Toxicology, the study of adverse effects of chemicals on living organisms, is a broad field that brings together biology, chemistry, medicine, and other fields such as ecology. My research is focused on synthesizing the vast body of literature in this field to collect existing studies that approach toxicology from an evolutionary perspective.  It is important to make these studies accessible and available to other toxicology researchers so that they might consider the systems they study in the context of evolution.… Read the entire snippet

Biological Sciences

Calculating Immune Gene Regulation

Who?

Brian J. Abraham, Pre-Doctoral IRTA Fellow, Graduate Student
National Heart, Lung and Blood Institute, National Institutes of Health, Boston University
bja3917@bu.edu

http://people.bu.edu/bja3917/

What?

All cell types, from skin cells to blood cells, come from stem cells, and so these diverse cell types all contain the same set of DNA letters and genes. Despite this similarity they can have very different functions. This differing functionality is accomplished in part by the fact that certain genes are “turned on” in some cell types and “turned off” in others.… Read the entire snippet

Biological Sciences

Climate change adaptation of smallholder farmers in Northwest India

Who?

Meha Jain, Ph.D. Candidate
Columbia University
mj2415@columbia.edu
http://www.columbia.edu/~sn2121/People/Jain/Jain.html

What?

My research examines if smallholder farmers in rural India are able to adapt and cope with current climate variability. Specifically, I aim to identify which socio-economic (e.g. access to capital), biophysical (e.g. soil type), perceptional (e.g. risk aversion), and demographic (e.g. family size) factors are associated with farmers who are able to adapt to current climate variability. This will help identify which farmers will be able to adapt to future changes in climate and which farmers will be the most vulnerable to impending climate change.… Read the entire snippet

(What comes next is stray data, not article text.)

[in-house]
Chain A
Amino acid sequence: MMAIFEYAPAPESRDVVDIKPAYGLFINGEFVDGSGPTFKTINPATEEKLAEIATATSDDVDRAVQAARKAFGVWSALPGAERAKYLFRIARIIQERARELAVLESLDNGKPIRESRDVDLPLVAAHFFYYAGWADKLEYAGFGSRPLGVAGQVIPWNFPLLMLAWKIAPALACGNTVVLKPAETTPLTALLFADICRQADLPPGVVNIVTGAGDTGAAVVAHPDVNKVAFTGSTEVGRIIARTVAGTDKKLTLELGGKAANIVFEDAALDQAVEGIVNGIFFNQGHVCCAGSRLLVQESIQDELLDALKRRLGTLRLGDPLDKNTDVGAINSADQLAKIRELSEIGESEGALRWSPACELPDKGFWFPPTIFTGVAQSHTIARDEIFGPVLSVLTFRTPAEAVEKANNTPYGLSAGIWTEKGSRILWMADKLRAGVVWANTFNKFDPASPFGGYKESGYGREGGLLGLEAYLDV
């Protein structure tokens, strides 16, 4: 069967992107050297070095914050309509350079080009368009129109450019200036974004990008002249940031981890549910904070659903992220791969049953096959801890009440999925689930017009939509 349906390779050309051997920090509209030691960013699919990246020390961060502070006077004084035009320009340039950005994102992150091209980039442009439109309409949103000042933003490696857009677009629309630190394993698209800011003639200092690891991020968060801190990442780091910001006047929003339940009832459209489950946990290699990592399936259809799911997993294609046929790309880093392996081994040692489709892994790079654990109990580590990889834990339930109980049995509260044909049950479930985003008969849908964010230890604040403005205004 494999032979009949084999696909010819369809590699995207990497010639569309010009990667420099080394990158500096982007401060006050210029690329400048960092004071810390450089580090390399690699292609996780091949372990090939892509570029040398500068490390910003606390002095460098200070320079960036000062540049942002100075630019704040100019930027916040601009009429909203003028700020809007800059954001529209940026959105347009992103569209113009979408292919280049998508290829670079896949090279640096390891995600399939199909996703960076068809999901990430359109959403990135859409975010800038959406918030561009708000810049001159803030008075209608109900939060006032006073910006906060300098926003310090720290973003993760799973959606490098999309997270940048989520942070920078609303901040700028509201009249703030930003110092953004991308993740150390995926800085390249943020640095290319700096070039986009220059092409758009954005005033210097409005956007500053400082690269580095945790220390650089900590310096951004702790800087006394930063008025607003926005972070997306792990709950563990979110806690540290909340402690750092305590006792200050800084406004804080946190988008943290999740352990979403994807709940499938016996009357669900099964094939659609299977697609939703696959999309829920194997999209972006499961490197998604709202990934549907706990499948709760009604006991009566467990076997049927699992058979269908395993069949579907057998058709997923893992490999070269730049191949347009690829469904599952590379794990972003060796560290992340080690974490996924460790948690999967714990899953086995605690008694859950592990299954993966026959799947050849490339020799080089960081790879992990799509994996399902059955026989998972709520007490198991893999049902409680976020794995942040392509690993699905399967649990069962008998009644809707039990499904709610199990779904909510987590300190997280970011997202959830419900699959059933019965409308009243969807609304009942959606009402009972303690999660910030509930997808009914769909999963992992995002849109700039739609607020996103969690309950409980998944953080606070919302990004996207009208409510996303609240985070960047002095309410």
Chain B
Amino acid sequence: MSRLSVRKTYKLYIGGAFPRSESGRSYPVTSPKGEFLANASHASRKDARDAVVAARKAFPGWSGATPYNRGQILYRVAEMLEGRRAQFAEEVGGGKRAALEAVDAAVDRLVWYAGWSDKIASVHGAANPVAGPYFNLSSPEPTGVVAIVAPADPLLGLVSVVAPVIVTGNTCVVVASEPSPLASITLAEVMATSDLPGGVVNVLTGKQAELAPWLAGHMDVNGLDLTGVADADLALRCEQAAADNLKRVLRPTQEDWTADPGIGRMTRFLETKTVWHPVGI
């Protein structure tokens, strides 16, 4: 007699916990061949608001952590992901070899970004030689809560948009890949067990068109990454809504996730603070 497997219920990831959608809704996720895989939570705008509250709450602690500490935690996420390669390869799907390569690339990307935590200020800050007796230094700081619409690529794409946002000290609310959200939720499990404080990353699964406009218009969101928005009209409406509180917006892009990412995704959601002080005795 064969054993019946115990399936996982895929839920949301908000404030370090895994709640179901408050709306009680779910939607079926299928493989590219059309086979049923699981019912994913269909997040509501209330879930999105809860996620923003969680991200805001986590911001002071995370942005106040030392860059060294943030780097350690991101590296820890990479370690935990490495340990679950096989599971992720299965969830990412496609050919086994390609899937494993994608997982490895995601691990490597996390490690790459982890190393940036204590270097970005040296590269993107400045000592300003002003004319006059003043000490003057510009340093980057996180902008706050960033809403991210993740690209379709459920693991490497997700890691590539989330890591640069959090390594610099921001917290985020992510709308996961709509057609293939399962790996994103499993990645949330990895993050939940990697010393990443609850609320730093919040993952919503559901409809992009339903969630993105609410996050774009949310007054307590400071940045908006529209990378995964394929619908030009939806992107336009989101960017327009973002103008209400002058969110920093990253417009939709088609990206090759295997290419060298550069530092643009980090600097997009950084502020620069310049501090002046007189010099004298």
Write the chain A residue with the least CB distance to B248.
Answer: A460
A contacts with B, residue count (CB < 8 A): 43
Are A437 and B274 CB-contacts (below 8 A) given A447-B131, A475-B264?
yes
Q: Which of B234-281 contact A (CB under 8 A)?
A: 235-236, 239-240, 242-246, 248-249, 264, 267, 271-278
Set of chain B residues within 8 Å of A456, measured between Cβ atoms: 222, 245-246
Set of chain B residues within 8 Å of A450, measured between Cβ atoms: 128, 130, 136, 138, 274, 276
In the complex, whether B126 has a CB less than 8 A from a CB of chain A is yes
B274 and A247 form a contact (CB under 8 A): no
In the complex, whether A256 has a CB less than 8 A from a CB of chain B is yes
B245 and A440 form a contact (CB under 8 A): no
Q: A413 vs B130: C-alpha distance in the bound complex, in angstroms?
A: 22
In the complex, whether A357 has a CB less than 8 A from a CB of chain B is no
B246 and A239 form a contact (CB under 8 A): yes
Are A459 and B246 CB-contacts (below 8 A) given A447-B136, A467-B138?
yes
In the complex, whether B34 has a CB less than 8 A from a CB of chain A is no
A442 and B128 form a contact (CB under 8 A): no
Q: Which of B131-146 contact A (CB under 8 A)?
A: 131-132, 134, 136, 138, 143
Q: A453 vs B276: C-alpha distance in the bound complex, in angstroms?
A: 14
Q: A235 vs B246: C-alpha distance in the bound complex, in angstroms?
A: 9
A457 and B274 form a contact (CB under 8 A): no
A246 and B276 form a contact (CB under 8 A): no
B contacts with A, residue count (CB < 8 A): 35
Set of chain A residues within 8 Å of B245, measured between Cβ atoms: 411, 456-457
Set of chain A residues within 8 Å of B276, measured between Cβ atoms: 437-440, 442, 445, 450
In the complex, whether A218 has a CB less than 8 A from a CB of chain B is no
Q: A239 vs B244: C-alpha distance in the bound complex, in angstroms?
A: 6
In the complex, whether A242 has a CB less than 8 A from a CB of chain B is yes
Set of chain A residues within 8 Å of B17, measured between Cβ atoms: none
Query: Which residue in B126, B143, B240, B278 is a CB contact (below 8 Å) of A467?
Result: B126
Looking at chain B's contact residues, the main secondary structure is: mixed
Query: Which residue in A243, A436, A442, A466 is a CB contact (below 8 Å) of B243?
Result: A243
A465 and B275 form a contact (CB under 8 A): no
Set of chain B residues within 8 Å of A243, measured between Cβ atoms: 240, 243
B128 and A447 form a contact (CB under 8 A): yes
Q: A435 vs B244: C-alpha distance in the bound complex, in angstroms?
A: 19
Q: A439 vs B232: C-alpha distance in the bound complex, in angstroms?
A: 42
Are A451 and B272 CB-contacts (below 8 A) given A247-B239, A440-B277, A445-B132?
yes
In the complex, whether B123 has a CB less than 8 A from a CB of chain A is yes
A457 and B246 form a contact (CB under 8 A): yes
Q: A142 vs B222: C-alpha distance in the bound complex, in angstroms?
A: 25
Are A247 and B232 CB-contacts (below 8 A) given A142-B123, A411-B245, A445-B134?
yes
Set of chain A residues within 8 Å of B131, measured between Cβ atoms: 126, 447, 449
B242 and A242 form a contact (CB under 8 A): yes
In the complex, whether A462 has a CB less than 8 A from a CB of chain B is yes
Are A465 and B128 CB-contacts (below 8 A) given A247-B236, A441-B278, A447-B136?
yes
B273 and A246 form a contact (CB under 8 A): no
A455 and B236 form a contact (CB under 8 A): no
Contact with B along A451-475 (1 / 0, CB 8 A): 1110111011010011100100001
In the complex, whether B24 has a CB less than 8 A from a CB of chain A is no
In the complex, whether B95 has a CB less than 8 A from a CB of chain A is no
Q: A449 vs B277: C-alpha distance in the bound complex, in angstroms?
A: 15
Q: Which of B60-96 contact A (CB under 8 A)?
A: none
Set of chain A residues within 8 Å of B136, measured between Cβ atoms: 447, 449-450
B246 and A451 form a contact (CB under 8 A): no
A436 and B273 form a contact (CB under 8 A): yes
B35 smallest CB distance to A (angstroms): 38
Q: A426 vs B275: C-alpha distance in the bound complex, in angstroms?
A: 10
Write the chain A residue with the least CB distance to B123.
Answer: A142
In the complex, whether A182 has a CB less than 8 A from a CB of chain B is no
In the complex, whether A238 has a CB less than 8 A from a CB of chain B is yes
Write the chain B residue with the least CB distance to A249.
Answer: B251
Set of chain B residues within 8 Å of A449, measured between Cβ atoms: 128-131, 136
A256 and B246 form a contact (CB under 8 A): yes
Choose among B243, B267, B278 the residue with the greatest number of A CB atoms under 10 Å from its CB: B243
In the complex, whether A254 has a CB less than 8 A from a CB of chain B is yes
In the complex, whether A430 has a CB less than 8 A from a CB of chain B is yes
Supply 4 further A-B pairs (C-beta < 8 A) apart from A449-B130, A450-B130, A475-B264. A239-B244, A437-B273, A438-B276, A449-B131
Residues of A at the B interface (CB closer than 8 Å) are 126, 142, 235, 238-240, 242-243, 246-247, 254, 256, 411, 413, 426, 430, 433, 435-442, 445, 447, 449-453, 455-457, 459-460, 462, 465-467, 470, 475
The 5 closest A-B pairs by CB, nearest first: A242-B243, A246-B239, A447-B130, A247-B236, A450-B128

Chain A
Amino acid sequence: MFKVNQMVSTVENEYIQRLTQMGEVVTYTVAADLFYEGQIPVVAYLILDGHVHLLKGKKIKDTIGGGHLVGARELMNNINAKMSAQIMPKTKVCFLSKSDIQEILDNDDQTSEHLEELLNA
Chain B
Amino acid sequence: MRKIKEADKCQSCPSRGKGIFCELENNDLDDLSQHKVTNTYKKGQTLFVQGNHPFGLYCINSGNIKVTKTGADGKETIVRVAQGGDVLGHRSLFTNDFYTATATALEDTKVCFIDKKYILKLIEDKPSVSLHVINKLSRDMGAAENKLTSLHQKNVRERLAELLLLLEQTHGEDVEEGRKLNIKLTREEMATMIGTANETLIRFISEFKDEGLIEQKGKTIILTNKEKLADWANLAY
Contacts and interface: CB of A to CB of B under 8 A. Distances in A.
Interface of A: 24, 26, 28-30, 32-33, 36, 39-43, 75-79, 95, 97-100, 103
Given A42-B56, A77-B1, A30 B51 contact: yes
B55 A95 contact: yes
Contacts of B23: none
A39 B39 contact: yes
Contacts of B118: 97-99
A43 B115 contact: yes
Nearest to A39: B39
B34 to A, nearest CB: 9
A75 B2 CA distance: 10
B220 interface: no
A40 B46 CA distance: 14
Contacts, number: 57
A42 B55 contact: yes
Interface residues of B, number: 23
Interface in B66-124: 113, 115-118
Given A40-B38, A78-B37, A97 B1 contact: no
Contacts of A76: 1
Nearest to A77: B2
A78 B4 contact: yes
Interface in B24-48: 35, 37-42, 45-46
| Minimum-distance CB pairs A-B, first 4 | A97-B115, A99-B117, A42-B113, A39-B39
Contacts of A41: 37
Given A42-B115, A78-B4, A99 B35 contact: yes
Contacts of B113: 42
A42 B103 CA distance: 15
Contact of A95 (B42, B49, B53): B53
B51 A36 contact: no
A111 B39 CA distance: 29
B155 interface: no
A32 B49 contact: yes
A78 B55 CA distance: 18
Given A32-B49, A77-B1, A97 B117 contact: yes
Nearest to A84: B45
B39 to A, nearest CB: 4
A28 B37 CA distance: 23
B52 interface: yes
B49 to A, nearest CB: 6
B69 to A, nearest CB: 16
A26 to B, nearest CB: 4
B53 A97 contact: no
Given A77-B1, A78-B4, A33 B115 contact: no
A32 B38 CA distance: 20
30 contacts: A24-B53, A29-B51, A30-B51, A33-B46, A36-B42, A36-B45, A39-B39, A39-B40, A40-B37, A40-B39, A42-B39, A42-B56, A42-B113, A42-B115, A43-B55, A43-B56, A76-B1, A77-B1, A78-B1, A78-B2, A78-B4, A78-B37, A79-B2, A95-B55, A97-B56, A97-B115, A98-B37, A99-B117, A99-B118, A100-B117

Biological Sciences

Studying the cell biology of budding yeast

Who?

Patricia Melloy, Assistant Professor, Biology
Fairleigh Dickinson University, Madison campus, and Visiting Research Collaborator, Princeton University
pmelloy@fdu.edu
http://view.fdu.edu/default.aspx?id=3317

What?

Our lab is interested in understanding what genes control membran?e fission in budding yeast, the same kind of yeast used to make beer or bread.  In particular, we are looking at control of nuclear envelope fission just prior to cytokinesis (the separation of the cytoplasm to form two cells from one cell).  Little is known about the genetic control of nuclear envelope fission in budding yeast. … Read the entire snippet

Biological Sciences

Parasites as the missing links in natural ecosystems

Who? 

Andy Dobson, Professor
Ecology and Evolutionary Biology, Princeton University
Dobson@princeton.edu

http://www.princeton.edu/~dobber/index.html
and http://andydobson.smugmug.com/  and Twitter Andy2Dobson

What?

Understanding the structure and dynamics of food webs is one of the central scientific challenges of the 21st Century; parasites and pathognes play a potentially huge role in linking free-living species together and regulating their abundance.  Preliminary estimates suggest that considering parasites increase the number of species in food webs by 40% and the density of links between species by a factor of 3. … Read the entire snippet